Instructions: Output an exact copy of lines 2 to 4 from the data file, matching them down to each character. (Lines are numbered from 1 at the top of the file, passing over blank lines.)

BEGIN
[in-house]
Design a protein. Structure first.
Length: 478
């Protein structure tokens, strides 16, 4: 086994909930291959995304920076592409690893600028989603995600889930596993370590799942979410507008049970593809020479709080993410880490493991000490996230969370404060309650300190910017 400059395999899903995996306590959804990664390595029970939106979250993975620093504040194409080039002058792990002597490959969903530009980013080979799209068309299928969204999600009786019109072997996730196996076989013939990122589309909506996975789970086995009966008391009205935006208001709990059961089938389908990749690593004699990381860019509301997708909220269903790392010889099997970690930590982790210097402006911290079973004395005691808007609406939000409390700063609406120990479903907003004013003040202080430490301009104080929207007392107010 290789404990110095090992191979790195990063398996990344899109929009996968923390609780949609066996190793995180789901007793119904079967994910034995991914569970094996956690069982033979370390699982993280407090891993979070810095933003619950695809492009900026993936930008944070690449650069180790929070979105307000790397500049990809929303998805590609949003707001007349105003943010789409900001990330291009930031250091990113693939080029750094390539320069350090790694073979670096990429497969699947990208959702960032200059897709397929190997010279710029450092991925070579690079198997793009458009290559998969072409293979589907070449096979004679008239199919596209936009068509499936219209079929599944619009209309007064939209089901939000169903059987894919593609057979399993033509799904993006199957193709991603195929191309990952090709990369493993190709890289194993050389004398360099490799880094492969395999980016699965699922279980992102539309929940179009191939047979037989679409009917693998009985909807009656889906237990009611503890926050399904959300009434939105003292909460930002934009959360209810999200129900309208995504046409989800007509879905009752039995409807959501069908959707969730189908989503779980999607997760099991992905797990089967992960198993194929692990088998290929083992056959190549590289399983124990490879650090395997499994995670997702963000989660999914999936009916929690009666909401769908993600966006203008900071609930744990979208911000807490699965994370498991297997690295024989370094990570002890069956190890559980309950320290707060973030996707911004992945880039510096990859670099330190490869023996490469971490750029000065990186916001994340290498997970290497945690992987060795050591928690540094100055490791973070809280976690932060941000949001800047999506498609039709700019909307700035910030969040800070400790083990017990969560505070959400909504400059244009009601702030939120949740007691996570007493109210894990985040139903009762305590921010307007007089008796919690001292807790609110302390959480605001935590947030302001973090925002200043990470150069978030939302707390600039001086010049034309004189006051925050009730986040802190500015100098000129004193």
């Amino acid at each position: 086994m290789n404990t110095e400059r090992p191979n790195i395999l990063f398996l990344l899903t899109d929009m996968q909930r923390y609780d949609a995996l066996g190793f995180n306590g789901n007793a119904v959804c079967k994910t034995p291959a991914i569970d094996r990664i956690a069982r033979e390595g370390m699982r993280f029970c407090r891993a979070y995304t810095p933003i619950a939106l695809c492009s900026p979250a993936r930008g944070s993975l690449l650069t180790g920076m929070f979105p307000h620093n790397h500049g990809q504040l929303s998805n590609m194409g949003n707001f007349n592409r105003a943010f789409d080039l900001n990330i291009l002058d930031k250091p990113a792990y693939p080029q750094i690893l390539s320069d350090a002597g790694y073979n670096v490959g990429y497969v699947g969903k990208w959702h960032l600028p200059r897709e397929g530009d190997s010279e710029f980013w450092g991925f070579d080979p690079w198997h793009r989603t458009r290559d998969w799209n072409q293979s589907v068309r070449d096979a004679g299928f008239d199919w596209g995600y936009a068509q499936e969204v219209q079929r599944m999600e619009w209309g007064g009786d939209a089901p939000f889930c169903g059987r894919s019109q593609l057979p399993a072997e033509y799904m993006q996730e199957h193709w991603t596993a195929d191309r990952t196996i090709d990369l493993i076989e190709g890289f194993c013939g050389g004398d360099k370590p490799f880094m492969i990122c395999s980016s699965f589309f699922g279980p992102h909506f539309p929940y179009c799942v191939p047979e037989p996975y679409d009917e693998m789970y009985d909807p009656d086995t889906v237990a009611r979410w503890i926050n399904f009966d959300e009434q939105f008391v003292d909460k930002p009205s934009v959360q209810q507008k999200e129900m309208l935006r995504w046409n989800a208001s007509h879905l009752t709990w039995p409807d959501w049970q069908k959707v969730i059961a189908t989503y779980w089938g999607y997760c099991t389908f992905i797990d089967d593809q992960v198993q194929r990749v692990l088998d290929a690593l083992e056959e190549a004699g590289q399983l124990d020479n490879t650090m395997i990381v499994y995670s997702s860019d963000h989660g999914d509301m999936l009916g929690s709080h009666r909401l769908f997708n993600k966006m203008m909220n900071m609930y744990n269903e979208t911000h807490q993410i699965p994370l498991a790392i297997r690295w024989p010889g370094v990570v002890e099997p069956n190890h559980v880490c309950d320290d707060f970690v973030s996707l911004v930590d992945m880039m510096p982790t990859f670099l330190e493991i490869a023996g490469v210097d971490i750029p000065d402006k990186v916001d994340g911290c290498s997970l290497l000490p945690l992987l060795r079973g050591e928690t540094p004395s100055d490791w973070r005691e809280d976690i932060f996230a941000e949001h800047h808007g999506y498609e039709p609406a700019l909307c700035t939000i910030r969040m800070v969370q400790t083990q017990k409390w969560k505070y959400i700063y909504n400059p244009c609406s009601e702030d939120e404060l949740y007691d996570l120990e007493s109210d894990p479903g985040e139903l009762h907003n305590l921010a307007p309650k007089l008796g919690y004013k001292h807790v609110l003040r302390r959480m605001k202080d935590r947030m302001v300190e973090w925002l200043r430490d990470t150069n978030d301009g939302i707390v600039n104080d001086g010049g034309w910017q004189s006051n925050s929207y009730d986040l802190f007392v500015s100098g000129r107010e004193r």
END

Design a protein. Structure first.
Length: 478
């Protein structure tokens, strides 16, 4: 086994909930291959995304920076592409690893600028989603995600889930596993370590799942979410507008049970593809020479709080993410880490493991000490996230969370404060309650300190910017 400059395999899903995996306590959804990664390595029970939106979250993975620093504040194409080039002058792990002597490959969903530009980013080979799209068309299928969204999600009786019109072997996730196996076989013939990122589309909506996975789970086995009966008391009205935006208001709990059961089938389908990749690593004699990381860019509301997708909220269903790392010889099997970690930590982790210097402006911290079973004395005691808007609406939000409390700063609406120990479903907003004013003040202080430490301009104080929207007392107010 290789404990110095090992191979790195990063398996990344899109929009996968923390609780949609066996190793995180789901007793119904079967994910034995991914569970094996956690069982033979370390699982993280407090891993979070810095933003619950695809492009900026993936930008944070690449650069180790929070979105307000790397500049990809929303998805590609949003707001007349105003943010789409900001990330291009930031250091990113693939080029750094390539320069350090790694073979670096990429497969699947990208959702960032200059897709397929190997010279710029450092991925070579690079198997793009458009290559998969072409293979589907070449096979004679008239199919596209936009068509499936219209079929599944619009209309007064939209089901939000169903059987894919593609057979399993033509799904993006199957193709991603195929191309990952090709990369493993190709890289194993050389004398360099490799880094492969395999980016699965699922279980992102539309929940179009191939047979037989679409009917693998009985909807009656889906237990009611503890926050399904959300009434939105003292909460930002934009959360209810999200129900309208995504046409989800007509879905009752039995409807959501069908959707969730189908989503779980999607997760099991992905797990089967992960198993194929692990088998290929083992056959190549590289399983124990490879650090395997499994995670997702963000989660999914999936009916929690009666909401769908993600966006203008900071609930744990979208911000807490699965994370498991297997690295024989370094990570002890069956190890559980309950320290707060973030996707911004992945880039510096990859670099330190490869023996490469971490750029000065990186916001994340290498997970290497945690992987060795050591928690540094100055490791973070809280976690932060941000949001800047999506498609039709700019909307700035910030969040800070400790083990017990969560505070959400909504400059244009009601702030939120949740007691996570007493109210894990985040139903009762305590921010307007007089008796919690001292807790609110302390959480605001935590947030302001973090925002200043990470150069978030939302707390600039001086010049034309004189006051925050009730986040802190500015100098000129004193």